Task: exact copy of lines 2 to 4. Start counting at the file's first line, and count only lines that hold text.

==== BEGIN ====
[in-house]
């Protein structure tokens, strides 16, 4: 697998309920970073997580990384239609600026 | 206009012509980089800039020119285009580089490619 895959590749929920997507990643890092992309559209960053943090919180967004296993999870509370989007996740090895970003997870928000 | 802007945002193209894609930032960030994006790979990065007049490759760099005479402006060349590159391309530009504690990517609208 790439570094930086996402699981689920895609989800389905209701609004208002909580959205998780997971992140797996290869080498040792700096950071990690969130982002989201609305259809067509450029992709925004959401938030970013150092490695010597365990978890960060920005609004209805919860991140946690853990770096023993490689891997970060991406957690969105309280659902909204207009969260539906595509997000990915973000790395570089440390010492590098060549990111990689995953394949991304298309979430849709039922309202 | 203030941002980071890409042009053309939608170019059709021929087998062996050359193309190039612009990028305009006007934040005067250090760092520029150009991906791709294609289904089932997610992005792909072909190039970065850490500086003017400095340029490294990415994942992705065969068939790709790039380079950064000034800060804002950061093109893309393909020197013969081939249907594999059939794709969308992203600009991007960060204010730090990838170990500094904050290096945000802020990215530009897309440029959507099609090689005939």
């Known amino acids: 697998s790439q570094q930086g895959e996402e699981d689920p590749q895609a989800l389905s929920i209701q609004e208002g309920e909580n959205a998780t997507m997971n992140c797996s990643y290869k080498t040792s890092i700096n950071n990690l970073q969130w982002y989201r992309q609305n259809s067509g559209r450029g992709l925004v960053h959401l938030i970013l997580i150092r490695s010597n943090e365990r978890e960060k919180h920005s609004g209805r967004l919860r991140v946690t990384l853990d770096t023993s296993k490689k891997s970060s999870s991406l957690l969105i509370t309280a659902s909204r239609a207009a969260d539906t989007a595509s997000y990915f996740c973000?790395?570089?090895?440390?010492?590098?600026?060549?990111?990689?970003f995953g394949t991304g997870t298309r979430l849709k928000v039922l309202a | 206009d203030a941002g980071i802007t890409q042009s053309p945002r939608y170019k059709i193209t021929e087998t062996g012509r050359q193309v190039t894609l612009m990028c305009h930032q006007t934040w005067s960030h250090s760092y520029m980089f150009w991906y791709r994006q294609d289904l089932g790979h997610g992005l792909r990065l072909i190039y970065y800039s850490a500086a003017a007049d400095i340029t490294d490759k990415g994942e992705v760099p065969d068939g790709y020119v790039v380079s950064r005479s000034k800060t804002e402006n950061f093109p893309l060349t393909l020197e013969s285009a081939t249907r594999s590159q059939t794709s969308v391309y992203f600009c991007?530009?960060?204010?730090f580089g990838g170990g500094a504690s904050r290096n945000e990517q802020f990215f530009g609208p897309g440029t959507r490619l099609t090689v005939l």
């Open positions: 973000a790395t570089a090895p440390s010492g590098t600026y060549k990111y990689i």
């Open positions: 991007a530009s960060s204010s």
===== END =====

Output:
């Protein structure tokens, strides 16, 4: 697998309920970073997580990384239609600026 | 206009012509980089800039020119285009580089490619 895959590749929920997507990643890092992309559209960053943090919180967004296993999870509370989007996740090895970003997870928000 | 802007945002193209894609930032960030994006790979990065007049490759760099005479402006060349590159391309530009504690990517609208 790439570094930086996402699981689920895609989800389905209701609004208002909580959205998780997971992140797996290869080498040792700096950071990690969130982002989201609305259809067509450029992709925004959401938030970013150092490695010597365990978890960060920005609004209805919860991140946690853990770096023993490689891997970060991406957690969105309280659902909204207009969260539906595509997000990915973000790395570089440390010492590098060549990111990689995953394949991304298309979430849709039922309202 | 203030941002980071890409042009053309939608170019059709021929087998062996050359193309190039612009990028305009006007934040005067250090760092520029150009991906791709294609289904089932997610992005792909072909190039970065850490500086003017400095340029490294990415994942992705065969068939790709790039380079950064000034800060804002950061093109893309393909020197013969081939249907594999059939794709969308992203600009991007960060204010730090990838170990500094904050290096945000802020990215530009897309440029959507099609090689005939």
């Known amino acids: 697998s790439q570094q930086g895959e996402e699981d689920p590749q895609a989800l389905s929920i209701q609004e208002g309920e909580n959205a998780t997507m997971n992140c797996s990643y290869k080498t040792s890092i700096n950071n990690l970073q969130w982002y989201r992309q609305n259809s067509g559209r450029g992709l925004v960053h959401l938030i970013l997580i150092r490695s010597n943090e365990r978890e960060k919180h920005s609004g209805r967004l919860r991140v946690t990384l853990d770096t023993s296993k490689k891997s970060s999870s991406l957690l969105i509370t309280a659902s909204r239609a207009a969260d539906t989007a595509s997000y990915f996740c973000?790395?570089?090895?440390?010492?590098?600026?060549?990111?990689?970003f995953g394949t991304g997870t298309r979430l849709k928000v039922l309202a | 206009d203030a941002g980071i802007t890409q042009s053309p945002r939608y170019k059709i193209t021929e087998t062996g012509r050359q193309v190039t894609l612009m990028c305009h930032q006007t934040w005067s960030h250090s760092y520029m980089f150009w991906y791709r994006q294609d289904l089932g790979h997610g992005l792909r990065l072909i190039y970065y800039s850490a500086a003017a007049d400095i340029t490294d490759k990415g994942e992705v760099p065969d068939g790709y020119v790039v380079s950064r005479s000034k800060t804002e402006n950061f093109p893309l060349t393909l020197e013969s285009a081939t249907r594999s590159q059939t794709s969308v391309y992203f600009c991007?530009?960060?204010?730090f580089g990838g170990g500094a504690s904050r290096n945000e990517q802020f990215f530009g609208p897309g440029t959507r490619l099609t090689v005939l």
């Open positions: 973000a790395t570089a090895p440390s010492g590098t600026y060549k990111y990689i």